Lawmakers in 42 states have introduced legislation or pursued other measures that attempt to require educators to lie to students about the role of racism, sexism, heterosexism, transphobia, and other forms of oppression throughout U.S. history.
Books by Black, Indigenous, authors of color, and LGBTQ+ writers are increasingly being banned, with more than 1,500 book bans enacted in U.S. school districts in the last nine months. So far in 2022, there are more than 300 anti-LGBTQ+ bills under consideration in state legislatures, including bans against trans youth participating in sports consistent with their gender identity, prohibitions on teaching about gender identity, and most dangerously, attempts to criminalize gender-affirming health care. None of these anti-LGBTQ+ laws can be discussed in the classroom, since the anti-history education bills ban teaching about structural oppression or “divisive topics.”
We invite educators, students, parents, and community members to rally across the country and pledge to #TeachTruth on June 11 and 12, 2022.
As Schools Ban Books by Authors of Color, Young People Pay the Price
Teaching for Change staff member Paige Pagan and our colleague Marilisa Jiménez García wrote an article for Refinery 29 about the disproportionate number of books by authors of color being banned as part of the recent anti-history (anti-CRT) attacks.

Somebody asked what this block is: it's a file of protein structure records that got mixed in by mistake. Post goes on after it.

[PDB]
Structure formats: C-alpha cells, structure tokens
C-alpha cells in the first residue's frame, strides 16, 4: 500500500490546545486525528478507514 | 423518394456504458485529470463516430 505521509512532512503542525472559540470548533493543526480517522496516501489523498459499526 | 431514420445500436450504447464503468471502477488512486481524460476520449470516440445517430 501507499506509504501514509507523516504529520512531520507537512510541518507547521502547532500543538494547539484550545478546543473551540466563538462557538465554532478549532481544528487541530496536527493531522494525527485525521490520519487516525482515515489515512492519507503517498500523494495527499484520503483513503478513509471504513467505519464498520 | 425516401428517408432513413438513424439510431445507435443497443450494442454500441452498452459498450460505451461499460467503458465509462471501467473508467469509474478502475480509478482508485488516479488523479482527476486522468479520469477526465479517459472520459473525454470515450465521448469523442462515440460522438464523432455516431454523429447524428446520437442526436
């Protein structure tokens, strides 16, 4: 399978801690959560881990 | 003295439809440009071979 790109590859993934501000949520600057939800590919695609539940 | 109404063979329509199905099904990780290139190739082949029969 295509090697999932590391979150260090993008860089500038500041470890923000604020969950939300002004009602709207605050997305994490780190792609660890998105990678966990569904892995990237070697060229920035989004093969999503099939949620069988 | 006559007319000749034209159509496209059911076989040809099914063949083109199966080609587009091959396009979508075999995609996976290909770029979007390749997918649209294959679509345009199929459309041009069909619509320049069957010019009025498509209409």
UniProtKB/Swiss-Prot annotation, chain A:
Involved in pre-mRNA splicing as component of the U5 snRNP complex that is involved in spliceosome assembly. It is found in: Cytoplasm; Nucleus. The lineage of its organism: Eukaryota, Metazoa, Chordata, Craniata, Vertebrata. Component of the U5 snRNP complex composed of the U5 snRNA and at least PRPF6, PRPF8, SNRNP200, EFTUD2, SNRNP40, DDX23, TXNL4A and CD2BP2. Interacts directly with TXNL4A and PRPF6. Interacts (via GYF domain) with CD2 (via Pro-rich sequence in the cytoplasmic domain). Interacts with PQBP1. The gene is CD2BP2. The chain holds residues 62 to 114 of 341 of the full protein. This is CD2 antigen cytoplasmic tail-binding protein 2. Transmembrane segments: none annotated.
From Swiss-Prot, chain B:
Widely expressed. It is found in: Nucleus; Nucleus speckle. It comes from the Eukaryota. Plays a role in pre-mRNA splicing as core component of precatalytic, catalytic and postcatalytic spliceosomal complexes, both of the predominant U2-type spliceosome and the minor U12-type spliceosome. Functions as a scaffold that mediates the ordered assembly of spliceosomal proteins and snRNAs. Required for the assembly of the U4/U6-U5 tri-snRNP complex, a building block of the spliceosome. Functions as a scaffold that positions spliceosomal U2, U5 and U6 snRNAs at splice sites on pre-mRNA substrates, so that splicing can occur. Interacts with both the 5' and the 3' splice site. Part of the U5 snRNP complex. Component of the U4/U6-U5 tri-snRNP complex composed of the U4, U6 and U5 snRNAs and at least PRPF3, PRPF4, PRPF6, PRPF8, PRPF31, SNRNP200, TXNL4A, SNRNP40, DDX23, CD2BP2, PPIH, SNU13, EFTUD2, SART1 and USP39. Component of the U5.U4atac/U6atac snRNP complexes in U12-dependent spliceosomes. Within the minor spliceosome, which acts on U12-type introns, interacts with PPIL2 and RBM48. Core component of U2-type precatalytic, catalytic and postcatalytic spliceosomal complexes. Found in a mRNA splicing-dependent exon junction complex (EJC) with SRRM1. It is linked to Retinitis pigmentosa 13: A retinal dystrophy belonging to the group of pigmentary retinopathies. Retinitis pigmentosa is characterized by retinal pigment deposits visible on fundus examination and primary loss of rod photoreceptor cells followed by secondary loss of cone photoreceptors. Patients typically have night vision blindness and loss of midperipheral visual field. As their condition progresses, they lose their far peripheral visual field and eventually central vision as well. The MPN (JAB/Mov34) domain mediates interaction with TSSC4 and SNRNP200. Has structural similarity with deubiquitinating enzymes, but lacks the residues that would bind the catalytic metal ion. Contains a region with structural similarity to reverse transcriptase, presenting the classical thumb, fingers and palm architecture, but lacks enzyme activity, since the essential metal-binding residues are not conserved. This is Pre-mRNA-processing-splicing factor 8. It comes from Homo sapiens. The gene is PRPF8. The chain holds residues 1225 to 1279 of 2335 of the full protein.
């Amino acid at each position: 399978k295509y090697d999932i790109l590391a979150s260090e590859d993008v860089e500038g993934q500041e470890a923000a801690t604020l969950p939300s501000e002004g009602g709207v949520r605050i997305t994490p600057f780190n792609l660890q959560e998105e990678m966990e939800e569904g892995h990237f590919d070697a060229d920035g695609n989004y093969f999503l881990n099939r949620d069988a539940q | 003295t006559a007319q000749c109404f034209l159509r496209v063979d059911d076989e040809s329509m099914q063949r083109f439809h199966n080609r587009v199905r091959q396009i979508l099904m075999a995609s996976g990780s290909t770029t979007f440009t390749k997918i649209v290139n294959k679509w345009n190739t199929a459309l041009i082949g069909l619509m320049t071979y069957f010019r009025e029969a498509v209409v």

LGBTQ+ and Gender Diversity Booklists
“We Are Here”: High Schoolers Write and Review the LGBTQ+ Books They Want to Read
Tiferet Ani, a curriculum developer and teacher educator for Montgomery County Public Schools and DCAESJ Middle and High School People’s History Working Group working group co-leader, writes about teaching a high school LGBTQ+ Studies elective where the first unit focused on children’s books.
The goals of the project were to have students examine how picture books contribute to our socialization, critically analyze books for bias and anti-bias, and write a review of a book or create their own book they wish they had growing up.
Book Review: Sharice’s Big Voice: A Native Kid Becomes a Congresswoman
Reviewed by Debbie Reese, American Indians in Children’s Literature
In some books, I find one thing after another that I absolutely adore. Sharice’s Big Voice is one of those books.
First example? The back cover. It is a page from inside.
On that page, Sharice is studying. A stack of books is there. The text on that page tells us that she started law school so that she could work to make U.S. laws more just and fair. Those words are cool, but look at the pages behind her!